This Sunday marks the end of Derek Jeter’s remarkable career in baseball. Jeter came up in 1995 with the Yankees and has been there ever since. He announced his retirement before the season and has been playing his last season while a farewell tour went on around him.

Jeter made his debut with the Yankees on May 29, 1995 and became their regular shortstop at the start of the 1996 season has been there ever since. He won the Rookie of the Year Award that year and his other awards have included Most Valuable Player in the All Star Game and World Series Most Valuable Player in 2000, 14 All Star Game appearances, five Gold Gloves and five Silver Sluggers..

The same year that Jeter arrived on the Yankee scene, three other players who would start and finish their careers with the Yankees made their debuts. Andy Pettitte, made his debut on April 29, exactly one month before Jeter, Mariano Rivera made his debut on May 23 and Jorge Posada his on September 4. All four had been drafted and signed by the Yankees and had come up through the Yankee farm system.

Jeter, Posada and Rivera played their entire careers with the Yankees and Pettitte played 15 years, leaving from 2004 to 2006 to join the Houston Astros before returning to the Yankees to finish his career. Jeter played 20 years, Rivera 19 and Posada 17 giving them 71 total years service in the Bronx. Between them, they played a total of 6,133 regular season games. Jeter played in 158 post season games, Posada 125, Rivera 96 and Pettitte 44. They were all members of five World Series Championship teams.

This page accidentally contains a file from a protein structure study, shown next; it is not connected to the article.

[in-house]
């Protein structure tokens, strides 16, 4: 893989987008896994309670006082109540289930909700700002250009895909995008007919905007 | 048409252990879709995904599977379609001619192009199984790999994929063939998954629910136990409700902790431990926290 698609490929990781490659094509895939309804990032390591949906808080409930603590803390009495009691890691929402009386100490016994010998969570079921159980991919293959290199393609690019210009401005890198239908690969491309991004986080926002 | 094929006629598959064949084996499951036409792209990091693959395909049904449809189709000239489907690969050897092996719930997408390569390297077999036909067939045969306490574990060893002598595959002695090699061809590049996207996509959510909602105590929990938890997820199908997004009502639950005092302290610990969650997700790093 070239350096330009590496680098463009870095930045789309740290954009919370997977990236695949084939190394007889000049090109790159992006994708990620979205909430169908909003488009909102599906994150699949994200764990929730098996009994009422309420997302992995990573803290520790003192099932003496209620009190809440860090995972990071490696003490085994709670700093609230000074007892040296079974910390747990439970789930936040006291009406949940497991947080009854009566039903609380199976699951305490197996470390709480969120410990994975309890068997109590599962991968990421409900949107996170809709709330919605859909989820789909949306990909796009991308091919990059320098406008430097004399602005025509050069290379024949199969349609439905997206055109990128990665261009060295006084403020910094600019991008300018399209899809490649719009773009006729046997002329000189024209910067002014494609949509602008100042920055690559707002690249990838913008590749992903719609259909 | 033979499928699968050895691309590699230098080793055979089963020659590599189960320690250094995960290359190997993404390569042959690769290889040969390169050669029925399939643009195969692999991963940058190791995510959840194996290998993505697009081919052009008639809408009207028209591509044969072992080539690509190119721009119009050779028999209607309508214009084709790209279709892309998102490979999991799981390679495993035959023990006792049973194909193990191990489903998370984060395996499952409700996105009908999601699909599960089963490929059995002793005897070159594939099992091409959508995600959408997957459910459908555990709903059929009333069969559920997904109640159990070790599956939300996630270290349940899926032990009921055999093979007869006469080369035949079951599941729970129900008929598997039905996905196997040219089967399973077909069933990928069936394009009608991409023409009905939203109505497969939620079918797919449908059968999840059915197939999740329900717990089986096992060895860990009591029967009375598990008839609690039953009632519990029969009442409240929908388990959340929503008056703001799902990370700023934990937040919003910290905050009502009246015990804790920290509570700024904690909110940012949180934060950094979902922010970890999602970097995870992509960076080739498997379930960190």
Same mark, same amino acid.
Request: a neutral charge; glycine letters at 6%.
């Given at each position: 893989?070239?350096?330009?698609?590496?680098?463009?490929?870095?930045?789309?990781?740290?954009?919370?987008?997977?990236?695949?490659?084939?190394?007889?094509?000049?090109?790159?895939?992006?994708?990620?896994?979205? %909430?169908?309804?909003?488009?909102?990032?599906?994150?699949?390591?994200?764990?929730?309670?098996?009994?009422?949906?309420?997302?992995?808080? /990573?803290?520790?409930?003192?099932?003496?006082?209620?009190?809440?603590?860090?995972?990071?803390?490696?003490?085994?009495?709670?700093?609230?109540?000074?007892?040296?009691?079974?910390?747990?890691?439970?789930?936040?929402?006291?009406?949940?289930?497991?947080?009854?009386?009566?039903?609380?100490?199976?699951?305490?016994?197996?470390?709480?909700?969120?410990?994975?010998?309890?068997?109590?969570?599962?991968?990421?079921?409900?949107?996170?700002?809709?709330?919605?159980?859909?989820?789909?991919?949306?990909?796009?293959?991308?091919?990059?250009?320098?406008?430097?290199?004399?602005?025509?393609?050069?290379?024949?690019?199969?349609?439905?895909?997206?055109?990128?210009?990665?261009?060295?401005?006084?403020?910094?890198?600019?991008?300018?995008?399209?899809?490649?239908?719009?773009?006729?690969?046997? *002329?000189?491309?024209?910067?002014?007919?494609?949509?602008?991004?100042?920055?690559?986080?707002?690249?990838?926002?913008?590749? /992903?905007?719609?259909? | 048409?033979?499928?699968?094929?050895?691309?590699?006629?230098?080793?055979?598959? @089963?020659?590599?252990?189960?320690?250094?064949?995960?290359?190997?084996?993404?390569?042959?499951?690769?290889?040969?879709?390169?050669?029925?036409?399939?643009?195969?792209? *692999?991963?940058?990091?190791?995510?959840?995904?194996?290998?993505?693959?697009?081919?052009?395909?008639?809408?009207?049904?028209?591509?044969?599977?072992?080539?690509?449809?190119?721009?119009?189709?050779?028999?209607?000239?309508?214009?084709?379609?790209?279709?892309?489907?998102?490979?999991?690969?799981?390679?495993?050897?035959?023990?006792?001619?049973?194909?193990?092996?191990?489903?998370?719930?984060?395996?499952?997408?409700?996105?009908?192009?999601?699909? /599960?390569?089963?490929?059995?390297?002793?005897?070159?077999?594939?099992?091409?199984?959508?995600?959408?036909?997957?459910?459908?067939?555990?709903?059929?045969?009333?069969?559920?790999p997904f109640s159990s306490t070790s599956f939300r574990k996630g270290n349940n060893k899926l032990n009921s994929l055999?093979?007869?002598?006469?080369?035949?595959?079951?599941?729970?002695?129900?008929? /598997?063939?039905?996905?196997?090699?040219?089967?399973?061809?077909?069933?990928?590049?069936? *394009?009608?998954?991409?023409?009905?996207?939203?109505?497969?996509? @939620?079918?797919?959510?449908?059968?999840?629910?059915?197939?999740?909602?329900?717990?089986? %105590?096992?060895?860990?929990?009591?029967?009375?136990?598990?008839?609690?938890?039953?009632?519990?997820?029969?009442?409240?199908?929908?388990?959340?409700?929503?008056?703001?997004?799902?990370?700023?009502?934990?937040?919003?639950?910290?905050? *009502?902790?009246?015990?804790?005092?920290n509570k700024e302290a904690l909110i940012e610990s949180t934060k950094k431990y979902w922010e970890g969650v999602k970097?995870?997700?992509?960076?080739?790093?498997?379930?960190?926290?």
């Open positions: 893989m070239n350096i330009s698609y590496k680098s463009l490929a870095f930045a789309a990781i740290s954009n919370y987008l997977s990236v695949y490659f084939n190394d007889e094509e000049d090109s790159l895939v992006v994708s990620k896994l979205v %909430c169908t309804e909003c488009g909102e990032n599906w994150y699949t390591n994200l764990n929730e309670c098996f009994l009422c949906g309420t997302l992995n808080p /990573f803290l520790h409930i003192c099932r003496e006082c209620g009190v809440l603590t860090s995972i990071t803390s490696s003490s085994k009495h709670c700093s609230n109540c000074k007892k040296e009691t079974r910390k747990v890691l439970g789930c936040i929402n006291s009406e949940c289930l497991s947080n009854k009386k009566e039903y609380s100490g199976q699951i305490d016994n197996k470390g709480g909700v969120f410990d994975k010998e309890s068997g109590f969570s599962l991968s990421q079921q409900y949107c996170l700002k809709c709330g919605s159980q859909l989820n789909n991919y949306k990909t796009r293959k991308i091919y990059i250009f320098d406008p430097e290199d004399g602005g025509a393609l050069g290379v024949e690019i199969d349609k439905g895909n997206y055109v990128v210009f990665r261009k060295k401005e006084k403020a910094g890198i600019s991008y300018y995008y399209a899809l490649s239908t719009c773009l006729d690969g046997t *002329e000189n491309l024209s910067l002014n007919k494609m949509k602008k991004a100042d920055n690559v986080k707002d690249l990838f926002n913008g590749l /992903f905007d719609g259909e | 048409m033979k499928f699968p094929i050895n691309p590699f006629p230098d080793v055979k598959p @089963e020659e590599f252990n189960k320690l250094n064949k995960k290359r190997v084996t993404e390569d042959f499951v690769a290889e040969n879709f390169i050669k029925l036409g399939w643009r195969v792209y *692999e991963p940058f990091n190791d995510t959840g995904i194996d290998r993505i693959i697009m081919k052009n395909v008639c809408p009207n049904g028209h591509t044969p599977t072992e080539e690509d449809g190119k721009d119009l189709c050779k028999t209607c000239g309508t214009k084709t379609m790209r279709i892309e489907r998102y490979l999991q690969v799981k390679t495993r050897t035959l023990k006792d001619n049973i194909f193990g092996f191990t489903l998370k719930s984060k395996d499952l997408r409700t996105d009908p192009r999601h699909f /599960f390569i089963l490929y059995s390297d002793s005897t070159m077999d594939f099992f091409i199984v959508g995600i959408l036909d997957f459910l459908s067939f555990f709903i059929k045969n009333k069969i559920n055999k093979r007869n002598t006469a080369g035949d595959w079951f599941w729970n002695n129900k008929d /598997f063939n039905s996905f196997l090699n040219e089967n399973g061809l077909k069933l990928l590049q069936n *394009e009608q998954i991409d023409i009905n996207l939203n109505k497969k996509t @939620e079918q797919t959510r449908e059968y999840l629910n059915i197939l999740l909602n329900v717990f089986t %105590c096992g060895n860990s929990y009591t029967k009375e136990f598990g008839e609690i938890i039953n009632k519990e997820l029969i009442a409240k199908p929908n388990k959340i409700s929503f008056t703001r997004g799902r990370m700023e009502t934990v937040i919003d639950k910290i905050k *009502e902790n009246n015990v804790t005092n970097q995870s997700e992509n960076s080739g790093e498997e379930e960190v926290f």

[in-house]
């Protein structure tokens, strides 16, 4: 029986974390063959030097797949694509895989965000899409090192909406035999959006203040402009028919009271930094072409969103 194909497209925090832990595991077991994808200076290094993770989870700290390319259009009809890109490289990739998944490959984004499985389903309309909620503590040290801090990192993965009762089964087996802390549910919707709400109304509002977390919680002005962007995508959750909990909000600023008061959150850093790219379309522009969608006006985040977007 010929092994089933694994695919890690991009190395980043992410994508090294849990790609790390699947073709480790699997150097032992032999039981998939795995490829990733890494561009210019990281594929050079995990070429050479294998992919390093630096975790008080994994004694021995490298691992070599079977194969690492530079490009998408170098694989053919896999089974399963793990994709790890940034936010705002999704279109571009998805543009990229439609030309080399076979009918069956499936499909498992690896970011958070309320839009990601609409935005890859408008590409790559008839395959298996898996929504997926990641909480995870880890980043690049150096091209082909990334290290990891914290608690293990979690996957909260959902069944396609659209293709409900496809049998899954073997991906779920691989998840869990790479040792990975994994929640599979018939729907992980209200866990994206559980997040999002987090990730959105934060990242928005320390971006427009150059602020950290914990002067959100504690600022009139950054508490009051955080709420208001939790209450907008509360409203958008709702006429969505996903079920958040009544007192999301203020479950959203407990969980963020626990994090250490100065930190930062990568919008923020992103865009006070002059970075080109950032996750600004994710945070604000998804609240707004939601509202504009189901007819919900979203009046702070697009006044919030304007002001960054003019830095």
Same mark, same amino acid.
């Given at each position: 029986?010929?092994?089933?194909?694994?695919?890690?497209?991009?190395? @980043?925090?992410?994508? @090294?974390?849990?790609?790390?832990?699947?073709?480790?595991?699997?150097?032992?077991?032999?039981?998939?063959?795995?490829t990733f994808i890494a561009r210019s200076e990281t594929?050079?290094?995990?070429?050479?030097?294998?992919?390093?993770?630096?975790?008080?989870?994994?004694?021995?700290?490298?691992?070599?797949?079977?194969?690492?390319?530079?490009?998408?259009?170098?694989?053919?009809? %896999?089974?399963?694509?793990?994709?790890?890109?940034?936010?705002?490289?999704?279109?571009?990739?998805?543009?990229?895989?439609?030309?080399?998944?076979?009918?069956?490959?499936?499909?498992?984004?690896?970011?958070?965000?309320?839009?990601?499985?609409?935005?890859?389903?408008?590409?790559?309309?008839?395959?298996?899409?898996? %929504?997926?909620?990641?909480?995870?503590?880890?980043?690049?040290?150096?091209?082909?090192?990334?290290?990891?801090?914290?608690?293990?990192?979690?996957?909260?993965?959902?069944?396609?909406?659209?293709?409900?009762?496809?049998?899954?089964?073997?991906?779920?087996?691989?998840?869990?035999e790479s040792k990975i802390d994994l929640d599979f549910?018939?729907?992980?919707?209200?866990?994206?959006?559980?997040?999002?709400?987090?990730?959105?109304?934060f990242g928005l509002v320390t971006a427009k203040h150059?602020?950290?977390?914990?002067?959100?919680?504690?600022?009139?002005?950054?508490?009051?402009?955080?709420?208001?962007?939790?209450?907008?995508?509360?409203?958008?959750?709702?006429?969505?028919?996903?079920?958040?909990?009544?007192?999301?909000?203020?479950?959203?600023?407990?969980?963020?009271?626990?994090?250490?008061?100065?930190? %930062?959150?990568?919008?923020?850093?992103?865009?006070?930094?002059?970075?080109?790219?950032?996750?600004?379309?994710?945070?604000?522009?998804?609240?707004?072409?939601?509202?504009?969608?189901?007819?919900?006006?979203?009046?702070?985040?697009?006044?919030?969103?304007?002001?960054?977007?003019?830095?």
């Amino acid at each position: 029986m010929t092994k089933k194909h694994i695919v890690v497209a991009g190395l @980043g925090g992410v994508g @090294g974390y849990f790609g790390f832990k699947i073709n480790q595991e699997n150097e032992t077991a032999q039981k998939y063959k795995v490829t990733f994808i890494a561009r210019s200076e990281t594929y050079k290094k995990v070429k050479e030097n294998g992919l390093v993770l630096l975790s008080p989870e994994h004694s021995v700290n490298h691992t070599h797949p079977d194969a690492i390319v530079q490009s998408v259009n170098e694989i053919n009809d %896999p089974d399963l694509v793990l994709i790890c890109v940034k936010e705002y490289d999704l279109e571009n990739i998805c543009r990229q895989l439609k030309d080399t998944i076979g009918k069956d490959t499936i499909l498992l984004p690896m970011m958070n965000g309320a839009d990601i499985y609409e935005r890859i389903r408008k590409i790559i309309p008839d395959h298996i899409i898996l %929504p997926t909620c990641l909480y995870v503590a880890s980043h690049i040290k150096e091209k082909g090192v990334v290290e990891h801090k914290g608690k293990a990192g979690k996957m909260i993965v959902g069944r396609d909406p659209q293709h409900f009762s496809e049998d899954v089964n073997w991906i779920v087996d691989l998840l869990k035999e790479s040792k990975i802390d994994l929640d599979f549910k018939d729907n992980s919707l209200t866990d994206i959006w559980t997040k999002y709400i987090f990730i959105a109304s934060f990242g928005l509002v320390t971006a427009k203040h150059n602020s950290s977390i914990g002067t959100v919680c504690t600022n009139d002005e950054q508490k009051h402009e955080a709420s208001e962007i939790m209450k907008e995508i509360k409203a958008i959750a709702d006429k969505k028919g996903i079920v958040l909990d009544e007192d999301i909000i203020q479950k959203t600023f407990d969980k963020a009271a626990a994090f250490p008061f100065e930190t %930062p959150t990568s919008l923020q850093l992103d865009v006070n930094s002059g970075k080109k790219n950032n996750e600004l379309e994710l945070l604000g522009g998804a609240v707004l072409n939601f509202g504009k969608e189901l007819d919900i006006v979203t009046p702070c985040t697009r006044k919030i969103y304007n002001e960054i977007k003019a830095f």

Jeter, with his 3,461 plus hits, and Rivera, with his 652 saves, are sure to be elected to the Baseball Hall of Fame on the first ballot. Pettitte won 219 and lost 127 with the Yankees and won another 37 and lost 26 with Houston and could be elected with 256 wins. Even though the unofficial standard for pitchers used to be 300 wins, we may never see a 300 game winner again.

Posada, after having played in 1829 games, most of the time behind the plate, taking the beating all catchers take, was the first to retire in 2011 and Pettitte and Rivera followed in 2013. Now, Jeter plays his last game on Sunday.

There is a good chance there will never be a quartet to match the productivity and longevity of this group with one team. Jeter’s retirement closes the last page on a great chapter in Yankee history written by these four fine athletes. The Yankee Class of 1995 was in a class by itself.


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